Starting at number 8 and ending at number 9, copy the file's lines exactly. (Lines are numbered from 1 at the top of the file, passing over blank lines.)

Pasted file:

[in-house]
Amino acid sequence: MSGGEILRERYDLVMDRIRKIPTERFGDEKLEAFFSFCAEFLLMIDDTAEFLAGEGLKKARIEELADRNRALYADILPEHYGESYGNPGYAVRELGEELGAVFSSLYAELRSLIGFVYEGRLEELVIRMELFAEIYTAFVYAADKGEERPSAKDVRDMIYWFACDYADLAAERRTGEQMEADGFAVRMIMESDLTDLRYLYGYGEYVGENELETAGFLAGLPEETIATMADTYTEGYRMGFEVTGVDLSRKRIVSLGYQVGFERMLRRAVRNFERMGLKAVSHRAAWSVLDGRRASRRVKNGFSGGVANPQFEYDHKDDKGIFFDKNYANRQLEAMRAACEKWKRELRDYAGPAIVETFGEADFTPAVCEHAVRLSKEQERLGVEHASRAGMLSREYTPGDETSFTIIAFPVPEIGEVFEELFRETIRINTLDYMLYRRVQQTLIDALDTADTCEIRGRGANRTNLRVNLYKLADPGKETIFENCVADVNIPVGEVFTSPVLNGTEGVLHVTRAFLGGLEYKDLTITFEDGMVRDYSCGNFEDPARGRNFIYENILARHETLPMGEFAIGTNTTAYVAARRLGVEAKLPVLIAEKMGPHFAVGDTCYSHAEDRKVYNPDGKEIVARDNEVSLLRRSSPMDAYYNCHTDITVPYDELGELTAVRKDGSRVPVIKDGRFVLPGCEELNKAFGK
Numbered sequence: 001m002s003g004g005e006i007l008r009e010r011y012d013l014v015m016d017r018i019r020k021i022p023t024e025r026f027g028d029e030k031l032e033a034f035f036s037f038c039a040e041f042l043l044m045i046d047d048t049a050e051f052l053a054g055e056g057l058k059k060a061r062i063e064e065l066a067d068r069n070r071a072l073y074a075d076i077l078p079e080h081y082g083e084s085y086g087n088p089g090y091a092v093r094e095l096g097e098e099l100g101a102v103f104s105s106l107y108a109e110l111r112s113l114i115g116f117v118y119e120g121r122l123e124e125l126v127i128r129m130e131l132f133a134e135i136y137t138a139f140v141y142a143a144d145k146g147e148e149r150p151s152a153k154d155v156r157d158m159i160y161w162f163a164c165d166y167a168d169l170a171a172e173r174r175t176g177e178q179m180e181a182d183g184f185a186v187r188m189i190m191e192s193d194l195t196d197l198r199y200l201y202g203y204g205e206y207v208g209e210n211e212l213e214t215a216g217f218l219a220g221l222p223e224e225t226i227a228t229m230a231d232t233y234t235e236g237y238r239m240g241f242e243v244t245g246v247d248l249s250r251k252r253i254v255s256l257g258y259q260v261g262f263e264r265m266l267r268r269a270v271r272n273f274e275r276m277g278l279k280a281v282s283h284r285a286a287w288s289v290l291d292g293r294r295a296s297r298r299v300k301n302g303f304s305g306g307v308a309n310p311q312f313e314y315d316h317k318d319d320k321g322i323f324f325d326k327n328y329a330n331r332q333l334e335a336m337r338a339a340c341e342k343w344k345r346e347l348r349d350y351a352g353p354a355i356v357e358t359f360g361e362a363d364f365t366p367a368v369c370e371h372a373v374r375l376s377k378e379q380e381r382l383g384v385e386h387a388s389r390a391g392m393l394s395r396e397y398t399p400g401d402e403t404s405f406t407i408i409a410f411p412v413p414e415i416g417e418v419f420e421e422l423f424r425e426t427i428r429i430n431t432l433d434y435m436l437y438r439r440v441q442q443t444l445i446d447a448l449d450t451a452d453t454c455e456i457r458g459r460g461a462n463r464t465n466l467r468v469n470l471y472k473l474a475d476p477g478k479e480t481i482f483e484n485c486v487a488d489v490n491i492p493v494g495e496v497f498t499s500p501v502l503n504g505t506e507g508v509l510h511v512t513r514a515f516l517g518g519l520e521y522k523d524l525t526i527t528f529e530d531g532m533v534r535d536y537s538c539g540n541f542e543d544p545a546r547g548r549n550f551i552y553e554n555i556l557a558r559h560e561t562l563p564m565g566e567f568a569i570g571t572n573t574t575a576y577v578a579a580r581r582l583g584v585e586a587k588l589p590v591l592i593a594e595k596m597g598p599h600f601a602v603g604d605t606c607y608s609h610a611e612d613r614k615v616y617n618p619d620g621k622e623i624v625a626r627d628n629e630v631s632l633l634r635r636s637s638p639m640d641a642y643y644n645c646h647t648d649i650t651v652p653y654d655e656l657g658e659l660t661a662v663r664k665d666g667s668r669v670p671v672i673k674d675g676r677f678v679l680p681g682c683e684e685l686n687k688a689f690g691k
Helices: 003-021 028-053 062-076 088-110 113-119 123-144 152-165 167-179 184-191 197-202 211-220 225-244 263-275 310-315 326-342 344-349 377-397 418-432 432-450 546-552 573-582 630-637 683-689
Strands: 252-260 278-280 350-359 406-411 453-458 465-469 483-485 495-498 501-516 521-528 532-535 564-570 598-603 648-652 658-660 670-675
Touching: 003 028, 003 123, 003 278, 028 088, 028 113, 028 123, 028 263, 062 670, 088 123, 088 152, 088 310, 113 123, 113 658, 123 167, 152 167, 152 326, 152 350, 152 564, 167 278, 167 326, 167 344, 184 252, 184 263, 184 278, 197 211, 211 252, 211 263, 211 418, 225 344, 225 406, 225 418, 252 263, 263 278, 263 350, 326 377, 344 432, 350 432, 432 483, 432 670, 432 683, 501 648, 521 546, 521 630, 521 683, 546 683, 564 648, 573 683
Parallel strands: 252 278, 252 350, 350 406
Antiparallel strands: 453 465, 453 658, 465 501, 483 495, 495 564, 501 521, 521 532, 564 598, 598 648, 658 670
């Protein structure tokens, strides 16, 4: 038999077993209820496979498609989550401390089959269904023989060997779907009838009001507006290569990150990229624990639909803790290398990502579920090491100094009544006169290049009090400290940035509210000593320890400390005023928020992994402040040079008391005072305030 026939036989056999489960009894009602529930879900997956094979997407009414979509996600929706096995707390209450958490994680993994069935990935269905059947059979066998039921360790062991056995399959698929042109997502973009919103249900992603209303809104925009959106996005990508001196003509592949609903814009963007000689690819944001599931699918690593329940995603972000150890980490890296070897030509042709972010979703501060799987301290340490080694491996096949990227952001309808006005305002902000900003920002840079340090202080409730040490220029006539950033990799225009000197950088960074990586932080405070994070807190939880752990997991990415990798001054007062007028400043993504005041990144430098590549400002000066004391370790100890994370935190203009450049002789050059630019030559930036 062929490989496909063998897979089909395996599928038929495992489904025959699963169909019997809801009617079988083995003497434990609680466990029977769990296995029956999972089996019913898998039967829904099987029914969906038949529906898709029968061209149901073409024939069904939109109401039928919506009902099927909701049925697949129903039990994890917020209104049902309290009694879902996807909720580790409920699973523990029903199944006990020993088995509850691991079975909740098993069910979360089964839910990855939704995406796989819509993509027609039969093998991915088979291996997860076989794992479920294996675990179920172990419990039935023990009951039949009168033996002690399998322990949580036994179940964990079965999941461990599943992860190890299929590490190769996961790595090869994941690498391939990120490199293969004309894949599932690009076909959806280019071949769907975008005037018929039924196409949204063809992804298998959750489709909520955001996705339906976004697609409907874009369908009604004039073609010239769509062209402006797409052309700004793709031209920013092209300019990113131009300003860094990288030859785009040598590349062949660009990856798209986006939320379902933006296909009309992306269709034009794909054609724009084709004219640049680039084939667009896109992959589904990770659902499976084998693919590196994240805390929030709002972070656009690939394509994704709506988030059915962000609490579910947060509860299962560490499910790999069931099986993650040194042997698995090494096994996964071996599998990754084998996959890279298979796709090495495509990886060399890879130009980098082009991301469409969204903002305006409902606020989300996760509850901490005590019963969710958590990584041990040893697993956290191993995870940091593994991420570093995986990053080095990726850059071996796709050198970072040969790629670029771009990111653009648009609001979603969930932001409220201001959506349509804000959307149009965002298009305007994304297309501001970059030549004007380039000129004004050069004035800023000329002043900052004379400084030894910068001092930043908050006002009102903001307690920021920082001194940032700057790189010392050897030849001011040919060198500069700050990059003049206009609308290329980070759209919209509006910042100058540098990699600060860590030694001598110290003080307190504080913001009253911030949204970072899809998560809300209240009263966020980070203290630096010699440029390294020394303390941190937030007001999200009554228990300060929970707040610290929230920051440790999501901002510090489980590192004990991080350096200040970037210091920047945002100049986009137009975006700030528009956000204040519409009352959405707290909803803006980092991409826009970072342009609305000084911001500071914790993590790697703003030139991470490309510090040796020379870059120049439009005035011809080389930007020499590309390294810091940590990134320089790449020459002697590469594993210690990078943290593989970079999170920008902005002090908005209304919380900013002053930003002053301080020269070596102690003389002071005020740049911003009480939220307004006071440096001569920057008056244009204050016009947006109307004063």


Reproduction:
Antiparallel strands: 453 465, 453 658, 465 501, 483 495, 495 564, 501 521, 521 532, 564 598, 598 648, 658 670
């Protein structure tokens, strides 16, 4: 038999077993209820496979498609989550401390089959269904023989060997779907009838009001507006290569990150990229624990639909803790290398990502579920090491100094009544006169290049009090400290940035509210000593320890400390005023928020992994402040040079008391005072305030 026939036989056999489960009894009602529930879900997956094979997407009414979509996600929706096995707390209450958490994680993994069935990935269905059947059979066998039921360790062991056995399959698929042109997502973009919103249900992603209303809104925009959106996005990508001196003509592949609903814009963007000689690819944001599931699918690593329940995603972000150890980490890296070897030509042709972010979703501060799987301290340490080694491996096949990227952001309808006005305002902000900003920002840079340090202080409730040490220029006539950033990799225009000197950088960074990586932080405070994070807190939880752990997991990415990798001054007062007028400043993504005041990144430098590549400002000066004391370790100890994370935190203009450049002789050059630019030559930036 062929490989496909063998897979089909395996599928038929495992489904025959699963169909019997809801009617079988083995003497434990609680466990029977769990296995029956999972089996019913898998039967829904099987029914969906038949529906898709029968061209149901073409024939069904939109109401039928919506009902099927909701049925697949129903039990994890917020209104049902309290009694879902996807909720580790409920699973523990029903199944006990020993088995509850691991079975909740098993069910979360089964839910990855939704995406796989819509993509027609039969093998991915088979291996997860076989794992479920294996675990179920172990419990039935023990009951039949009168033996002690399998322990949580036994179940964990079965999941461990599943992860190890299929590490190769996961790595090869994941690498391939990120490199293969004309894949599932690009076909959806280019071949769907975008005037018929039924196409949204063809992804298998959750489709909520955001996705339906976004697609409907874009369908009604004039073609010239769509062209402006797409052309700004793709031209920013092209300019990113131009300003860094990288030859785009040598590349062949660009990856798209986006939320379902933006296909009309992306269709034009794909054609724009084709004219640049680039084939667009896109992959589904990770659902499976084998693919590196994240805390929030709002972070656009690939394509994704709506988030059915962000609490579910947060509860299962560490499910790999069931099986993650040194042997698995090494096994996964071996599998990754084998996959890279298979796709090495495509990886060399890879130009980098082009991301469409969204903002305006409902606020989300996760509850901490005590019963969710958590990584041990040893697993956290191993995870940091593994991420570093995986990053080095990726850059071996796709050198970072040969790629670029771009990111653009648009609001979603969930932001409220201001959506349509804000959307149009965002298009305007994304297309501001970059030549004007380039000129004004050069004035800023000329002043900052004379400084030894910068001092930043908050006002009102903001307690920021920082001194940032700057790189010392050897030849001011040919060198500069700050990059003049206009609308290329980070759209919209509006910042100058540098990699600060860590030694001598110290003080307190504080913001009253911030949204970072899809998560809300209240009263966020980070203290630096010699440029390294020394303390941190937030007001999200009554228990300060929970707040610290929230920051440790999501901002510090489980590192004990991080350096200040970037210091920047945002100049986009137009975006700030528009956000204040519409009352959405707290909803803006980092991409826009970072342009609305000084911001500071914790993590790697703003030139991470490309510090040796020379870059120049439009005035011809080389930007020499590309390294810091940590990134320089790449020459002697590469594993210690990078943290593989970079999170920008902005002090908005209304919380900013002053930003002053301080020269070596102690003389002071005020740049911003009480939220307004006071440096001569920057008056244009204050016009947006109307004063």